Our unique leadership analysis looks at who is cosponsoring whose bills. A higher score shows a greater ability to get cosponsors on bills.

For more, see our methodology. Note that because on this page only legislative activity in the 116th Congress is considered, the leadership score here may differ from Swalwell’s score elsewhere on GovTrack.

Compare to all California Delegation (25th percentile); House Democrats (26th percentile); All Representatives (50th percentile).


 

Got their bills out of committee the 31st least often compared to House Democrats (tied with 27 others)

Most bills and resolutions languish in committee without any action. Swalwell introduced 2 bills in the 116th Congress that got past committee and to the floor for consideration.

Those bills were: H.Res. 1155: Reaffirming the House of Representatives’ ...; H.R. 3098: Student Loan Interest Deduction Act ...

Compare to all California Delegation (18th percentile); House Democrats (13th percentile); All Representatives (32nd percentile).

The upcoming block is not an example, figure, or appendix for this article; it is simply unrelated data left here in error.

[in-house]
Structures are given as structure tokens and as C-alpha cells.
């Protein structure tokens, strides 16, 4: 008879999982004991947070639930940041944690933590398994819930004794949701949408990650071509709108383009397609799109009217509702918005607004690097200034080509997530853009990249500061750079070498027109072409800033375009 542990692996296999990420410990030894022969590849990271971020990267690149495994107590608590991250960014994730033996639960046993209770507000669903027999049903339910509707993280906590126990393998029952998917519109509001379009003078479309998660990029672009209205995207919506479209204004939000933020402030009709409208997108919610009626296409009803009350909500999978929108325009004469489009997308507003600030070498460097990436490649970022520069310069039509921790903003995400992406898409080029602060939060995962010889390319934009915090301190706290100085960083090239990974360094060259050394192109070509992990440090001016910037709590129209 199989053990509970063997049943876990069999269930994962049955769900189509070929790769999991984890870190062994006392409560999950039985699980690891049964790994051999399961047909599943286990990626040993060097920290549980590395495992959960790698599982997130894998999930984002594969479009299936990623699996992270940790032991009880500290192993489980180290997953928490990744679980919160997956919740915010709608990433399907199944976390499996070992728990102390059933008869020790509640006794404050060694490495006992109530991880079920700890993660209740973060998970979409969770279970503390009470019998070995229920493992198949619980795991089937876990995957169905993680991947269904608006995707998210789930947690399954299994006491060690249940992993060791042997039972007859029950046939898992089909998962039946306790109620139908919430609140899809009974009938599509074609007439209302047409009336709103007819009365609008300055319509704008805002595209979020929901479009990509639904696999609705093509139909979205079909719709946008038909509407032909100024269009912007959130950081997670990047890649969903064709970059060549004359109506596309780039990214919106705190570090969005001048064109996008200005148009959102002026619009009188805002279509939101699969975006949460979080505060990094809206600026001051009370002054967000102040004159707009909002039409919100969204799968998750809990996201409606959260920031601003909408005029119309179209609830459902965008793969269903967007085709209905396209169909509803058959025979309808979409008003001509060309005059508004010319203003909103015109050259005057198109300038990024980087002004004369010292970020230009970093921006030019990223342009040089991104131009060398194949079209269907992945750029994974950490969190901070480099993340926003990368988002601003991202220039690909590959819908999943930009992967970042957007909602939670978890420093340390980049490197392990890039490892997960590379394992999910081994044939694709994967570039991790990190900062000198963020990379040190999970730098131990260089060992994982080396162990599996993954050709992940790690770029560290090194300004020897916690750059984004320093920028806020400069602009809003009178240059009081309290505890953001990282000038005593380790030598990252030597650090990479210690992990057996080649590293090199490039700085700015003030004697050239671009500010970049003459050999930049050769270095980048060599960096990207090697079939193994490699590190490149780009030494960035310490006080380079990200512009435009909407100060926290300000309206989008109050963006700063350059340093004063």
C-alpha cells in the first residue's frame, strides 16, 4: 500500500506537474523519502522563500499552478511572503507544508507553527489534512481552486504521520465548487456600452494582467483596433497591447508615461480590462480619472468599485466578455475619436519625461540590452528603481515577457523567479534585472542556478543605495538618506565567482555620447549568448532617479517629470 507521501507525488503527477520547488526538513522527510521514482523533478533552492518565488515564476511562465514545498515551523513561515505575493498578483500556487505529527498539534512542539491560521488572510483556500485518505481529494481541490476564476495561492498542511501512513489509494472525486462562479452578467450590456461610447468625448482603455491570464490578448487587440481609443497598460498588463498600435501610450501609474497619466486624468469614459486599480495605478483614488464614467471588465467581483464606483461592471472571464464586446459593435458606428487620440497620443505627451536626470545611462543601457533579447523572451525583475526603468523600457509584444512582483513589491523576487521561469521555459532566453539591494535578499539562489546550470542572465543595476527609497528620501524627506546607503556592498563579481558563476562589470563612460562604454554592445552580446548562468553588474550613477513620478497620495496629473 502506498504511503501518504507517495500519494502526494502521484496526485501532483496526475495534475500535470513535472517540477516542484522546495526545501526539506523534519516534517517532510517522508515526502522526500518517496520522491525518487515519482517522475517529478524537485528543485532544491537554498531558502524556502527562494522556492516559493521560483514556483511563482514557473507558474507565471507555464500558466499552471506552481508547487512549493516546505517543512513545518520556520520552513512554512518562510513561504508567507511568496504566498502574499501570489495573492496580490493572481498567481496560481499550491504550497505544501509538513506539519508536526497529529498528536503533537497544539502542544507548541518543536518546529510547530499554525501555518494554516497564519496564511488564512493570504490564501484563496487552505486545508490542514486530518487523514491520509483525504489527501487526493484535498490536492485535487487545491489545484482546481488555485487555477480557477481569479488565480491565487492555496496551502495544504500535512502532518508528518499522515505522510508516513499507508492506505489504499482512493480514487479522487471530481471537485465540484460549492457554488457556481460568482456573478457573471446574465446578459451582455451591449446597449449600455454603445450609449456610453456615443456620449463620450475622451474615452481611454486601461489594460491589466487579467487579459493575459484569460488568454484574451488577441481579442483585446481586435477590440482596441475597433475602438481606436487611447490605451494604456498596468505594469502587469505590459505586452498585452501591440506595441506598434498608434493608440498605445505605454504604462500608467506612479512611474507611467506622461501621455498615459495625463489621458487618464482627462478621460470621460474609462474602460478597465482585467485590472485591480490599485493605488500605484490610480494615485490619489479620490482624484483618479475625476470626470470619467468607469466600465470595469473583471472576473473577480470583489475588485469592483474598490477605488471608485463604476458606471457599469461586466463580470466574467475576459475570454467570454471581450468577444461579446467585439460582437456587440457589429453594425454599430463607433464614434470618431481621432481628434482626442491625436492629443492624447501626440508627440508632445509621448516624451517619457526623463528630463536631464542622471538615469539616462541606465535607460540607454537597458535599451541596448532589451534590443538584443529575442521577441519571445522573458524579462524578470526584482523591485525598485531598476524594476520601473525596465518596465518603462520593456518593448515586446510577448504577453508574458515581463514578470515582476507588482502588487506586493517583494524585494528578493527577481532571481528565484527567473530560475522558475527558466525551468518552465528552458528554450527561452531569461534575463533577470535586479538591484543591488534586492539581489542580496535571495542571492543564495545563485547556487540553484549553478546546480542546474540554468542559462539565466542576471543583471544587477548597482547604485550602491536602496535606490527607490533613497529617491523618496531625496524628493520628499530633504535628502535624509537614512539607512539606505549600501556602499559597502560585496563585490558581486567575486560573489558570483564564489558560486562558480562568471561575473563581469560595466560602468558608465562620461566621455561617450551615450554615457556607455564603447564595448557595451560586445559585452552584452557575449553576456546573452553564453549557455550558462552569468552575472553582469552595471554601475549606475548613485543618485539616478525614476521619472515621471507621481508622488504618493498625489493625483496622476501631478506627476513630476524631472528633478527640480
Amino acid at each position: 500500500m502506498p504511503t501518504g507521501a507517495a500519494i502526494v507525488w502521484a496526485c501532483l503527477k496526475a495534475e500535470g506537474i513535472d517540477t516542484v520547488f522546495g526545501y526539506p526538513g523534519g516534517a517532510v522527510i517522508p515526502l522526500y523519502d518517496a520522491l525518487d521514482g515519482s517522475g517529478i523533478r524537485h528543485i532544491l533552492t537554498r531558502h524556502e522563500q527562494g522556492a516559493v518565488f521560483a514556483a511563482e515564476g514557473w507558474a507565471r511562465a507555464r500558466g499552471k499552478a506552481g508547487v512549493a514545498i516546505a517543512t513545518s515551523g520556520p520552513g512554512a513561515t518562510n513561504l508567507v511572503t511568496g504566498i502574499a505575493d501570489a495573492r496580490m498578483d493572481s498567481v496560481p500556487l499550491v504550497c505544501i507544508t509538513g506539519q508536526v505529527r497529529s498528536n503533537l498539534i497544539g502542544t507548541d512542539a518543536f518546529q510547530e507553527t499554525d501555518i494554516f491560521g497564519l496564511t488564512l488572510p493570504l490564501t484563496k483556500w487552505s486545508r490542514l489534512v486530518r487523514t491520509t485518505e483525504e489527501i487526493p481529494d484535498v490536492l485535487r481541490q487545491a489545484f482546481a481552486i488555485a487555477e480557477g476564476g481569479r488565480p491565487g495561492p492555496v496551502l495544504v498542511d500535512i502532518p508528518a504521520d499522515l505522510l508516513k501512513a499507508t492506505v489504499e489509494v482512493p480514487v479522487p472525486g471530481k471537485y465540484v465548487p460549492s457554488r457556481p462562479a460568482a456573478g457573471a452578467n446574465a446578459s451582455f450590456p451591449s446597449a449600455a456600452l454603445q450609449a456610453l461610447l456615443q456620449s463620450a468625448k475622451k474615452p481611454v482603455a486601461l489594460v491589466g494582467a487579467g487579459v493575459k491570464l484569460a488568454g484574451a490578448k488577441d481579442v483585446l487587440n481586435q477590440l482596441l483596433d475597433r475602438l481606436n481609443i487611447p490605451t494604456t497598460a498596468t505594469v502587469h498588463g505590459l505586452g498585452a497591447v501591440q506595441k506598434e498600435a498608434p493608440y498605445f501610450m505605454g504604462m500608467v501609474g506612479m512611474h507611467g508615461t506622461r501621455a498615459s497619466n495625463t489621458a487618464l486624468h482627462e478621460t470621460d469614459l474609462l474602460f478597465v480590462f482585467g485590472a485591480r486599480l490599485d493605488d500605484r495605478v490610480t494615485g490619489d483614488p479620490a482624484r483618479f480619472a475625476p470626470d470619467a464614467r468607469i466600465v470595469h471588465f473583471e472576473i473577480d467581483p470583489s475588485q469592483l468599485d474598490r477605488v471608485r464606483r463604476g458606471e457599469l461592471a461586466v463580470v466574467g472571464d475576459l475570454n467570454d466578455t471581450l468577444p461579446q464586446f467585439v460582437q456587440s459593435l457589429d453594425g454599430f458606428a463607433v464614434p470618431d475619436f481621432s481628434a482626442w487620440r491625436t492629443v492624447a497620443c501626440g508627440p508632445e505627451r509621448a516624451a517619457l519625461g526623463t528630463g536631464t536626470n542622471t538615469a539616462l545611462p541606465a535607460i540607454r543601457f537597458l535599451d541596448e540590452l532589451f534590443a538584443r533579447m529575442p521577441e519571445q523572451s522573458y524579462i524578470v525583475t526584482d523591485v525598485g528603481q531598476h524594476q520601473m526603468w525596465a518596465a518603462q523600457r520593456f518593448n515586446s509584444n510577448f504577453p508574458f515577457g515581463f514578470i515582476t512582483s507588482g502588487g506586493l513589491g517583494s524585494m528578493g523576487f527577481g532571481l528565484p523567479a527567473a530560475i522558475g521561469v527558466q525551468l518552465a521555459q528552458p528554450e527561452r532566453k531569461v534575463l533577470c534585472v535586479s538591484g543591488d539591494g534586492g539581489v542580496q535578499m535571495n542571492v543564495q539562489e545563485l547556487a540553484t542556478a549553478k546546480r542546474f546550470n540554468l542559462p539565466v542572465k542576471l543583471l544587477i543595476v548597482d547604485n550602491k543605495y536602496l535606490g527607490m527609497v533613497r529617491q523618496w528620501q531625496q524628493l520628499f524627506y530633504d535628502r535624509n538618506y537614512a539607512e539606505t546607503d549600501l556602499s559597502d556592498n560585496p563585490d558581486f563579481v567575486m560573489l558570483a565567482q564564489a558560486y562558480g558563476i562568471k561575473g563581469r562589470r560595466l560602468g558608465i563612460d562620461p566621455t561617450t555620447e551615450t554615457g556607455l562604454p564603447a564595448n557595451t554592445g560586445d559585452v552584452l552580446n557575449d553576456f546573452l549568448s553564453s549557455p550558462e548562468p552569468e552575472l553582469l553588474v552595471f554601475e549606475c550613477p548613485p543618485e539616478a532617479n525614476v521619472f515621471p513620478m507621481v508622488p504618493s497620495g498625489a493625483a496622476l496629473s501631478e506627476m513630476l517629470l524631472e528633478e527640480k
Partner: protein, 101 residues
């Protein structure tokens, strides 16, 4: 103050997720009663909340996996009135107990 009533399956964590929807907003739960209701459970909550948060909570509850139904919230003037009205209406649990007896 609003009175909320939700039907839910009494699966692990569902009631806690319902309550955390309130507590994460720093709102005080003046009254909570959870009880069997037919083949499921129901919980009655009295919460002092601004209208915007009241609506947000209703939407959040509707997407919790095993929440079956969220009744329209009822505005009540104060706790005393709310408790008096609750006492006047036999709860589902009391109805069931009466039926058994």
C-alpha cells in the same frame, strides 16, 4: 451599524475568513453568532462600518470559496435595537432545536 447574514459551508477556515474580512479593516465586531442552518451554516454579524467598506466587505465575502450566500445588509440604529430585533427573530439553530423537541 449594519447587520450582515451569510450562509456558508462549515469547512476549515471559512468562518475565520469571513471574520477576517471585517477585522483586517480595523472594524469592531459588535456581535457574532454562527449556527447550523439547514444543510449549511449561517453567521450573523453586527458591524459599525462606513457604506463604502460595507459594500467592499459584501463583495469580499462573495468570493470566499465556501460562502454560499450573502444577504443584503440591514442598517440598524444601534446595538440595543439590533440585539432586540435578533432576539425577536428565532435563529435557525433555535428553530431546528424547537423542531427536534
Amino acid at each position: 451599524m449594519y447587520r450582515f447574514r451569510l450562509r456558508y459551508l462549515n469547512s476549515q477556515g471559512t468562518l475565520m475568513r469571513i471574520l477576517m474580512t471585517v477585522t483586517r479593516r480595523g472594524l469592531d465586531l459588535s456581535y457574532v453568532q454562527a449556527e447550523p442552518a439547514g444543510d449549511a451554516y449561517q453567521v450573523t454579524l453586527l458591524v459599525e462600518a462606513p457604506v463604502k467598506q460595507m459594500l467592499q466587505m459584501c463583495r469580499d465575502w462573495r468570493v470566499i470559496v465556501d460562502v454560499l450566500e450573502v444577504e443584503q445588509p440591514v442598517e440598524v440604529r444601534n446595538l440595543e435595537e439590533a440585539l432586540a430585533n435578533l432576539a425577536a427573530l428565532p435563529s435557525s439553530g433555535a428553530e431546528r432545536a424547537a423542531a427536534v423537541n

Introduced the 54th fewest bills compared to House Democrats (tied with 20 others)

Swalwell introduced 21 bills and resolutions in the 116th Congress. View Bills »

Compare to all California Delegation (31st percentile); House Democrats (22nd percentile); All Representatives (46th percentile).


 

Cosponsored the 105th most bills compared to All Representatives

Swalwell cosponsored 551 bills and resolutions introduced by other Members of Congress. Cosponsorship shows a willingness to work with others to advance policy goals. View Cosponsored Bills »

Compare to all California Delegation (49th percentile); House Democrats (57th percentile); All Representatives (76th percentile).


 

Laws Enacted

Swalwell introduced 1 bill that became law, including via incorporation into other measures, in the 116th Congress. Keep in mind that it takes a law to repeal a law. Very few bills ever become law. View Enacted Bills »

Those bills were: H.R. 3098: Student Loan Interest Deduction Act ...

Compare to all California Delegation (27th percentile); House Democrats (25th percentile); All Representatives (37th percentile).